It is never too late or too early to have conversations with your children about racism, diversity, and inclusivity. If your kids are older, then you already know that they are eager for answers – especially as they are exposed to information they may find hard to process. Having open and honest discussions with your children about racism will encourage them to come to you with questions and worries.
Here are more recommendations of #ownvoices stories from Black authors to help foster those conversations in your family. And, by reading stories that center Black characters, you can fight against racial bias in the media your family consumes. Reading stories that feature complex Black characters can help confront harmful racial stereotypes.
Brandy Colbert, best known for her award-winning YA novels, makes her Middle Grade debut with this story about two girls who become fast friends in their quiet California beach town. Alberta is used to being the only Black girl in town, but she is thrilled when her dads bring home the news that a Black family with a daughter her same age is moving in across the street. As a goth from Brooklyn, Edie is pretty different from Alberta, but the two become friends while bonding over shifting family dynamics, microaggressions at school and middle school mean girls hurling racist taunts. Their bond is strengthened when they find some mysterious old journals in Edie’s attic and work together to uncover a major secret.
This friendship story centers two well-characterized Black girls in a way that is realistic and wholly welcome. And, the added mystery of the old journals is able to introduce events central to Black history in a way that transcends time.
Sarah is expecting the worst when she finds out her cousin Janie is being sent from Chicago to spend the summer in Sarah’s rural Georgia hometown. Sarah wanted to spend the summer studying astronomy and bossing around her younger brother, not dealing with Janie and her proclivity for shoplifting. Things go from bad to worse when Janie steals a necklace from the ruins of Creek Church, an old church burned down by the Ku Klux Klan, and accidentally awakens the restless spirits buried there. The three kids, along with their friend Jasper, must help their town acknowledge it’s unsettling and racist history to allow these ghosts, called haints, to rest.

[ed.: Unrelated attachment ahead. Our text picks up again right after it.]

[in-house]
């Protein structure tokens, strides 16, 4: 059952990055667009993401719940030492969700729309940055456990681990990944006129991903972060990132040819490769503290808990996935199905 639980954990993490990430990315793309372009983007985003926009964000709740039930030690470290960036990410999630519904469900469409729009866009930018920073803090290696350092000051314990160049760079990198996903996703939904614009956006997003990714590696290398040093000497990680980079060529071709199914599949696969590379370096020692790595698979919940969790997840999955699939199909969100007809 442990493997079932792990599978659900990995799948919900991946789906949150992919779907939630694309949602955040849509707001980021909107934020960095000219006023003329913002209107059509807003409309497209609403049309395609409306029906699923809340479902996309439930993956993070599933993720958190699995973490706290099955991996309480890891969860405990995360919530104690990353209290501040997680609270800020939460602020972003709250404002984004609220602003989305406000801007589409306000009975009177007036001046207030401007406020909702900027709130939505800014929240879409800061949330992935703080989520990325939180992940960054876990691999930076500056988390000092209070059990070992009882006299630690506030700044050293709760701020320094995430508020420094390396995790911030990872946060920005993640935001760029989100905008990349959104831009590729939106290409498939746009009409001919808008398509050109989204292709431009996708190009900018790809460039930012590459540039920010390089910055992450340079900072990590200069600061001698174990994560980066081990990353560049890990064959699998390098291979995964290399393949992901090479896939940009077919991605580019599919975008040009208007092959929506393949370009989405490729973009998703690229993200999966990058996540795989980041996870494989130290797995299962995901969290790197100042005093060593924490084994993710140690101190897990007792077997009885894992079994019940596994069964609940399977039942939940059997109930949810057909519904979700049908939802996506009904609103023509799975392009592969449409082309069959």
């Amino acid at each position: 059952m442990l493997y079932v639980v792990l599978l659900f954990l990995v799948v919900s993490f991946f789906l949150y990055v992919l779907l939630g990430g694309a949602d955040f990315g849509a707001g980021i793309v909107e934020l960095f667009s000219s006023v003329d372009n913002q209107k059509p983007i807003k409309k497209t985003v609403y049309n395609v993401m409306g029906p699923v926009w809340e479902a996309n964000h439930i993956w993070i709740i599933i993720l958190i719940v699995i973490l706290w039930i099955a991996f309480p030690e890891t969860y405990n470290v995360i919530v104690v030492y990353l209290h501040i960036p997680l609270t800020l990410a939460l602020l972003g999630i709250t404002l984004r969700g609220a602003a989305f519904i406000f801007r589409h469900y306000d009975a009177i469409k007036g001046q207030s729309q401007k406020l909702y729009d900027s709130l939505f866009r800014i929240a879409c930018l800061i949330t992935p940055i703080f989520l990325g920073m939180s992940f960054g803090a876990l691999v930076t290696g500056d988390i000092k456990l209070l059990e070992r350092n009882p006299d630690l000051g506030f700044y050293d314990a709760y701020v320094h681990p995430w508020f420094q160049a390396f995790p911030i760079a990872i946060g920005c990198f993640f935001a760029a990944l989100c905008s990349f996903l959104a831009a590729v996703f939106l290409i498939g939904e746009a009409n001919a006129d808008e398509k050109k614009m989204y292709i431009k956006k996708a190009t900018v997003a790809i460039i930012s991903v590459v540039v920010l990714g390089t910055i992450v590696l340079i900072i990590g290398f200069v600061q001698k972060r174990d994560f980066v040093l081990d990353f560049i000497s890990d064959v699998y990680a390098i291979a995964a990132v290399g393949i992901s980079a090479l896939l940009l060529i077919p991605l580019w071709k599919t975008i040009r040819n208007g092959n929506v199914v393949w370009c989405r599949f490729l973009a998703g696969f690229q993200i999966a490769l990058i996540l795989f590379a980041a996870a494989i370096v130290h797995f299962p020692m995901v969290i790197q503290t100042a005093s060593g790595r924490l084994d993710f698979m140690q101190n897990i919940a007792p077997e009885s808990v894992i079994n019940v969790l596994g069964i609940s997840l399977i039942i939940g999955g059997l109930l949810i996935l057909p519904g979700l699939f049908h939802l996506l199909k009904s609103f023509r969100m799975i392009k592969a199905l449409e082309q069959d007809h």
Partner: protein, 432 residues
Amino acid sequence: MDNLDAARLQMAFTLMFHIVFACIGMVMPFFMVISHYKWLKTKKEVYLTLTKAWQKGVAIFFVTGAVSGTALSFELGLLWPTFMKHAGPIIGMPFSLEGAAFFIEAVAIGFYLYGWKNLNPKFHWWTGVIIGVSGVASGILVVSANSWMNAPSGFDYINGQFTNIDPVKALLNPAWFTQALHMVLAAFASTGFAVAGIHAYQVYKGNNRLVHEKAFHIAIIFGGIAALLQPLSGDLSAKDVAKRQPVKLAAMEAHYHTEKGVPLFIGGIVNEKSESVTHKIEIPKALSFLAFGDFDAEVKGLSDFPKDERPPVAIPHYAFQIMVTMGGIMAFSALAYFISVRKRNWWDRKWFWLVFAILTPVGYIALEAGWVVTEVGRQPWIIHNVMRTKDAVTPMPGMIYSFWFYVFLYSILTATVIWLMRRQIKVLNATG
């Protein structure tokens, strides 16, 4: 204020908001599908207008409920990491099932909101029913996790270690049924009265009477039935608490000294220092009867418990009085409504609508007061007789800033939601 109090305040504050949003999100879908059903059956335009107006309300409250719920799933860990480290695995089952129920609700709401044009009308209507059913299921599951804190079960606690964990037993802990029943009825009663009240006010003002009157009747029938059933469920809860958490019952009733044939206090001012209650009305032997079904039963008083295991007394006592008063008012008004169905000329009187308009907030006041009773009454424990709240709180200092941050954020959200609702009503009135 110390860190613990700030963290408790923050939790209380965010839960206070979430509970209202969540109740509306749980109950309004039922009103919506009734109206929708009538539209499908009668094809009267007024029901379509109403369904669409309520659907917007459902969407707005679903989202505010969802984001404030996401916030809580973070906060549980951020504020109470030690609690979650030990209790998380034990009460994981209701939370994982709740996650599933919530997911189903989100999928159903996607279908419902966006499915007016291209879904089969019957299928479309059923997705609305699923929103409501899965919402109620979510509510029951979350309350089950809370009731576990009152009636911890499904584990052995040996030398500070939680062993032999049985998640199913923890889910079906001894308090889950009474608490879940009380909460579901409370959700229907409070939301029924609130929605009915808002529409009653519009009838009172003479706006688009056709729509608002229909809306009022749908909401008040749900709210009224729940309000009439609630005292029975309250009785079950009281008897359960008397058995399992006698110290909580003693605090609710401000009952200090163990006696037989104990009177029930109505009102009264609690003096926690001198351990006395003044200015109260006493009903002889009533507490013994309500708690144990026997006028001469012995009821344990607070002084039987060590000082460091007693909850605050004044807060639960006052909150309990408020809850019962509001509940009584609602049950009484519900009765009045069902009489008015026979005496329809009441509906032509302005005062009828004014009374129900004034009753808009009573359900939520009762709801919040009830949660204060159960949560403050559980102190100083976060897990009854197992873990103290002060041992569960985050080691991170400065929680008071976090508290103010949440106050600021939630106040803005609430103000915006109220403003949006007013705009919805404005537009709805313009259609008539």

This ghost story is just the right amount of spooky while helping readers understand how ignoring a painful past can come back to haunt us.
After her parent’s divorce, Candice and her mother are spending the summer at her late grandmother’s home in Lambert, South Carolina. While digging around her grandmother’s old things, she finds a letter that offers a hint to why her grandmother, as city-manager, tore up the town’s tennis courts in pursuit of buried treasure – ultimately losing her job. Now Candice, with her bookish neighbor Brandon, is on a quest to find the treasure, restore her grandmother’s reputation, and uncover a decades-old mystery that includes acts of racial violence against a Black family that threatened the status quo.
This is a perfect mystery for any reader who loved THE WESTING GAME and gives compelling arguments against standing by and doing nothing. This Coretta Scott King honor book is a satisfying exploration of racism that gives young readers a lot to discuss about injustice.
By Paula Chase
After a summer apart, Tai is excited for her best friend Jamila to return from her aunt’s house in the suburbs. Tai and Mila have been inseparable since they were toddlers, but lately Mila has been acting weird. And though Mila is happy to be home with her dad and brothers, she sort of wishes her dad would send her to live in the suburbs forever like her older sister – that way she wouldn’t have to stress about her dance audition for the new Talented and Gifted Program or about accidentally revealing her secret to someone. Especially to Tae.
Told in dual-perspective with alternating chapters Tai and Mila come to life in a way that reminds readers that we don’t usually know the whole story. This is a brave book that doesn’t shy away from real issues that worry many young people. But this #ownvoices story (and its follow-up DOUGH BOYS provides a window into a very different world. Perfect for fans of Jason Reynolds or Angie Thomas.
By Torrey Maldonado
Stephen has always thought of himself as “mixed” – but it hasn’t really mattered that much before. But recently, Stephen feels caught between two lanes and then he starts to notice that some people treat him differently than his white friends. Then, Stephen discovers the Black Lives Matter movement at school, and begins to realize the racism he experiences everyday in interactions with strangers, shopkeepers, or his best friend Dan’s racist cousin Chad. Stephen does his part to make his classmates aware of injustices Black people face everyday while trying to avoid being cornered into one lane.
This slim novel is at times hopeful and heartbreaking. As a white reader, this book was eye-opening – following along with a biracial boy as he comes to the realization that people will hate him because of the color of his skin and that hate can bring dire consequences. This book is a great conversation starter about racial profiling, police violence against Black people and allyship – through the eyes of a brave, young protagonist.